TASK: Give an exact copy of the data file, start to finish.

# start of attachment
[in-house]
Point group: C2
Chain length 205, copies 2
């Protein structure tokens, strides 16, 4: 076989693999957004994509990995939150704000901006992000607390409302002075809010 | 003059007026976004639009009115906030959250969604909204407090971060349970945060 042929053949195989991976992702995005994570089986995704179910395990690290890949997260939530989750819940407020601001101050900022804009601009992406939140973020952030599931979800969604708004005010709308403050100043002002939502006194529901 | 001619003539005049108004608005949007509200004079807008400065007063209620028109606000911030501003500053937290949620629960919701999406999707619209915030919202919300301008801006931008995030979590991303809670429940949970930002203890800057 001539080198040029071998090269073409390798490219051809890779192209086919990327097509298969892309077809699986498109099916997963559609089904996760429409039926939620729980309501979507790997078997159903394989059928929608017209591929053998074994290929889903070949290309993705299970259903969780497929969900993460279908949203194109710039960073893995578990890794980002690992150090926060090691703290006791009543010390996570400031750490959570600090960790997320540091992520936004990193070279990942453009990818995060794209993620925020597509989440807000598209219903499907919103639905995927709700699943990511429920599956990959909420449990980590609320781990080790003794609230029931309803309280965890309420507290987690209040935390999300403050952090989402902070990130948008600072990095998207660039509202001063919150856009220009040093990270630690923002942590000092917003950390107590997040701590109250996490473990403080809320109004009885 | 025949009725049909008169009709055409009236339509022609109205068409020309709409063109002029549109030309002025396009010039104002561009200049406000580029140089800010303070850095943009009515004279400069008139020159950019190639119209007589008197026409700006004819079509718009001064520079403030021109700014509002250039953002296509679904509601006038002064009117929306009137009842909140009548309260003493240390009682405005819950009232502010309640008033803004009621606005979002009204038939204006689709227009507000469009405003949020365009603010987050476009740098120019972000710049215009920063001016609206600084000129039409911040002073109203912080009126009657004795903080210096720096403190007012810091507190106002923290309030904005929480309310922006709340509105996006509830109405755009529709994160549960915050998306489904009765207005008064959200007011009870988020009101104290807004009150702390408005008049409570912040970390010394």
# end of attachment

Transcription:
[in-house]
Point group: C2
Chain length 205, copies 2
């Protein structure tokens, strides 16, 4: 076989693999957004994509990995939150704000901006992000607390409302002075809010 | 003059007026976004639009009115906030959250969604909204407090971060349970945060 042929053949195989991976992702995005994570089986995704179910395990690290890949997260939530989750819940407020601001101050900022804009601009992406939140973020952030599931979800969604708004005010709308403050100043002002939502006194529901 | 001619003539005049108004608005949007509200004079807008400065007063209620028109606000911030501003500053937290949620629960919701999406999707619209915030919202919300301008801006931008995030979590991303809670429940949970930002203890800057 001539080198040029071998090269073409390798490219051809890779192209086919990327097509298969892309077809699986498109099916997963559609089904996760429409039926939620729980309501979507790997078997159903394989059928929608017209591929053998074994290929889903070949290309993705299970259903969780497929969900993460279908949203194109710039960073893995578990890794980002690992150090926060090691703290006791009543010390996570400031750490959570600090960790997320540091992520936004990193070279990942453009990818995060794209993620925020597509989440807000598209219903499907919103639905995927709700699943990511429920599956990959909420449990980590609320781990080790003794609230029931309803309280965890309420507290987690209040935390999300403050952090989402902070990130948008600072990095998207660039509202001063919150856009220009040093990270630690923002942590000092917003950390107590997040701590109250996490473990403080809320109004009885 | 025949009725049909008169009709055409009236339509022609109205068409020309709409063109002029549109030309002025396009010039104002561009200049406000580029140089800010303070850095943009009515004279400069008139020159950019190639119209007589008197026409700006004819079509718009001064520079403030021109700014509002250039953002296509679904509601006038002064009117929306009137009842909140009548309260003493240390009682405005819950009232502010309640008033803004009621606005979002009204038939204006689709227009507000469009405003949020365009603010987050476009740098120019972000710049215009920063001016609206600084000129039409911040002073109203912080009126009657004795903080210096720096403190007012810091507190106002923290309030904005929480309310922006709340509105996006509830109405755009529709994160549960915050998306489904009765207005008064959200007011009870988020009101104290807004009150702390408005008049409570912040970390010394």